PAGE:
It has been a long time since I sat in an undergraduate college classroom. It happened yesterday and it has been on my mind for the last 36 hours. At the invitation of the Masconomet High School Psychology Club, advised by Mr. Brian Mintz, this college classroom experience happened in the Masco HS Library from 3:00-4:30 p.m. Mr. Mintz and the Club invited Dr. Paul Whelan, a Dartmouth College Professor of Neuroscience, to give a lecture on his cutting-edge research into emotion and the human brain. Professor Whelan is a research specialist in anxiety, Post-Traumatic Stress Disorder (PTDS), and core human emotions. He is sub-specialized in a tiny part of the brain- the amygdala. He and his associates use MRI and Functional MRI (that shows changes in the brain as they happen) to study the relationship of the amygdala to the human regulation of emotion.
As I sat with 35 students and several faculty members, I was transported back to one of my best college classes when I felt like I was learning things that 99% of the world did not know about, taught by one of the foremost experts in the world. It was engaging, exciting, humorous, and filled with implications for me as an educator. How can I not learn much more about the brain when I am in the business of teaching and learning? I sat alongside our Masco students who, I quickly realized, knew much more about current brain research than I did. Humbling? Not really, as I know the quality and depth of our students' learning at Masco, I should not be surprised that I was a freshman among juniors and seniors. What a delight to feel like a teenager in love with learning in a group of like-minded individuals.
Professor Whelan didn't contain himself to just the lecture topics. He answered student questions about careers in psychology and in doing so shared his own experiences as an undergrad and graduate student. To paraphrase one tidbit of advice, he suggested that students should not worry about over-specializing in high school to get ready for a college major and that undergraduates should not over-specialize in getting into graduate school. From his perspective, he did not figure out what he wanted to do until well after he earned his Ph.D. He told students that is good to take some solid math, important to take at least a course in computer science, but otherwise, don't narrow your schooling and career options too early in life.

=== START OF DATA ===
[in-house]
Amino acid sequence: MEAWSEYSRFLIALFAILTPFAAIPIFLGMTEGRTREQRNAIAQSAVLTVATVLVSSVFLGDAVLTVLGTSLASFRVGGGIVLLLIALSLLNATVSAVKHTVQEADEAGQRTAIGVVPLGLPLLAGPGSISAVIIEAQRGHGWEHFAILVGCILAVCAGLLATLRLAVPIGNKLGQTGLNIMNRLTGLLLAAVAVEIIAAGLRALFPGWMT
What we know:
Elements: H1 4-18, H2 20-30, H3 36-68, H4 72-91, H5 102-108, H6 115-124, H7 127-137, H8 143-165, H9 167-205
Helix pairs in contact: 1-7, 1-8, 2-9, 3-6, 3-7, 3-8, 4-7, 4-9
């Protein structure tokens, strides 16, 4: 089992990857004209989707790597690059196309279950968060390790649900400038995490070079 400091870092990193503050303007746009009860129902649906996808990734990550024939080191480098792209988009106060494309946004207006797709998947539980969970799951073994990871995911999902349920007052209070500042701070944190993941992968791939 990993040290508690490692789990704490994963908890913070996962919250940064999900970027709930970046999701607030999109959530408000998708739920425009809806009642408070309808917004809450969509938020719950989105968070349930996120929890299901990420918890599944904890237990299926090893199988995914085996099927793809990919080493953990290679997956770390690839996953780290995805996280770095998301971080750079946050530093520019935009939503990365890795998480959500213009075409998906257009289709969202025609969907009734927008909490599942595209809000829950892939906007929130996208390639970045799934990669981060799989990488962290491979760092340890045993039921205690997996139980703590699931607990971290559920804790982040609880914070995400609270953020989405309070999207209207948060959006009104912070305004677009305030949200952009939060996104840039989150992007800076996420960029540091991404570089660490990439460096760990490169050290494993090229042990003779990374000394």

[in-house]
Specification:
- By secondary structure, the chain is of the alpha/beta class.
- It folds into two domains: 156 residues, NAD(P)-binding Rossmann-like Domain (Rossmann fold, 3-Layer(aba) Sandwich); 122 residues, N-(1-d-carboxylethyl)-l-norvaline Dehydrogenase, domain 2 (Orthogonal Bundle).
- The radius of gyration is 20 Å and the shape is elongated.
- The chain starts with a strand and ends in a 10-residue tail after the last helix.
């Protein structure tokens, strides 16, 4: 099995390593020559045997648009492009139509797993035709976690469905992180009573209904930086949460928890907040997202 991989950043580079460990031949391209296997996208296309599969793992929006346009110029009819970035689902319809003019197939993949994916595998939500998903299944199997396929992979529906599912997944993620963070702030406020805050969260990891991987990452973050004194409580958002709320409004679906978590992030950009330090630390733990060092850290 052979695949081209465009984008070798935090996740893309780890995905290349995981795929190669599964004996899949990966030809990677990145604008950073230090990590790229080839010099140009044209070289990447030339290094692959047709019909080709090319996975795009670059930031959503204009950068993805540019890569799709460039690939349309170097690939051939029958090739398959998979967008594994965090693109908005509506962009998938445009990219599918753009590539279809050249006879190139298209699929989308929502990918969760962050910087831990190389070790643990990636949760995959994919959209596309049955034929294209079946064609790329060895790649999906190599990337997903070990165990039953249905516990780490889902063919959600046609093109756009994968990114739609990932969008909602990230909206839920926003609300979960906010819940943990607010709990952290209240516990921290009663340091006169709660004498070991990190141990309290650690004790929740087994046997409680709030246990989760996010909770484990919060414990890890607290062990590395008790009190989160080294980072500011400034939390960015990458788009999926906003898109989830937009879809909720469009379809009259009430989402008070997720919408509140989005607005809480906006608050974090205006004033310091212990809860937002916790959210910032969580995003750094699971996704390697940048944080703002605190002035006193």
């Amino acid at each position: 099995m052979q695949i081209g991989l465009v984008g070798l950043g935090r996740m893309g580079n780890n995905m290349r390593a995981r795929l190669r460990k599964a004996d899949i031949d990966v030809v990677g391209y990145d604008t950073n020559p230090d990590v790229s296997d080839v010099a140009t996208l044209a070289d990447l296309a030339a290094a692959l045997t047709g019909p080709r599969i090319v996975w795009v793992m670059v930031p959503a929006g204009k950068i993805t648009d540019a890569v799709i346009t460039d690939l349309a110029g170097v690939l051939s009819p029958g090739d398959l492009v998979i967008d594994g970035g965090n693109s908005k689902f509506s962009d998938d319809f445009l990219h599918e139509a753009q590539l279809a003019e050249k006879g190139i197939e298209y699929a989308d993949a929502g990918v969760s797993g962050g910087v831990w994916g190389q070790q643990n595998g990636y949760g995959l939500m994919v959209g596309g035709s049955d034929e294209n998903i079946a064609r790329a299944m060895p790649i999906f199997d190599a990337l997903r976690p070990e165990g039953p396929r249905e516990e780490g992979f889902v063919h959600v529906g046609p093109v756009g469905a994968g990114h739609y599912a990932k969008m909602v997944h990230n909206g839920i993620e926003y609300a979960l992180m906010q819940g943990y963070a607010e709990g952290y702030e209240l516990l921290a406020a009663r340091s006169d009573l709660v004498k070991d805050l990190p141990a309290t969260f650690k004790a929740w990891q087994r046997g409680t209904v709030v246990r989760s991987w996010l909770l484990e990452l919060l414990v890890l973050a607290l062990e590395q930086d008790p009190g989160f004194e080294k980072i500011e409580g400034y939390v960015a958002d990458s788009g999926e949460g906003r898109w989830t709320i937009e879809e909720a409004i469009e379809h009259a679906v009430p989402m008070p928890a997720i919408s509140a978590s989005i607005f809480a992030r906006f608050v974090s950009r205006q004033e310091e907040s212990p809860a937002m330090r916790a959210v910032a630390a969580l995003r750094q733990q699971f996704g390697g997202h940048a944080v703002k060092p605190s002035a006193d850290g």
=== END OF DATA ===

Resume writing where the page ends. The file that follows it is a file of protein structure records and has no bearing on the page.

I guess what most impressed me by this college lecture at Masco yesterday, is the fact that our students get opportunities like this all the time, because we have faculty members who reach out to their professions and disciplines, who reach out to government and community groups, and who organize all kinds of learning activities to expose their students to real-world learning opportunities and insights into careers, college, and life.
Yesterday was just one of the many days I leave work at Masco and think on the way home-- "Wow, am I lucky or what to be a colleague of this caliber of faculty and staff?
As I count my blessings at the end of this calendar year, near the top of the list is the fact that I get to come to work every day in a place where there is a genuine love for learning-- where students come ready to learn and teachers come prepared to give their all to keep learning exciting, enjoyable, and real.
Resolution #1: In 2017, I will learn more about the current research on learning and the brain and apply that learning to my role at Masconomet.
Resolution #2: I will remember that each of us is always ready to experience a spark of joy in learning something new and each of us has the ability to light that spark in another.
Last week was one of my most enjoyable of the new school year as I spent a dozen hours over four days visiting classrooms at Masconomet. While I more regularly do learning walks with the two Masco Principals, last week I conducted them with different Department Heads.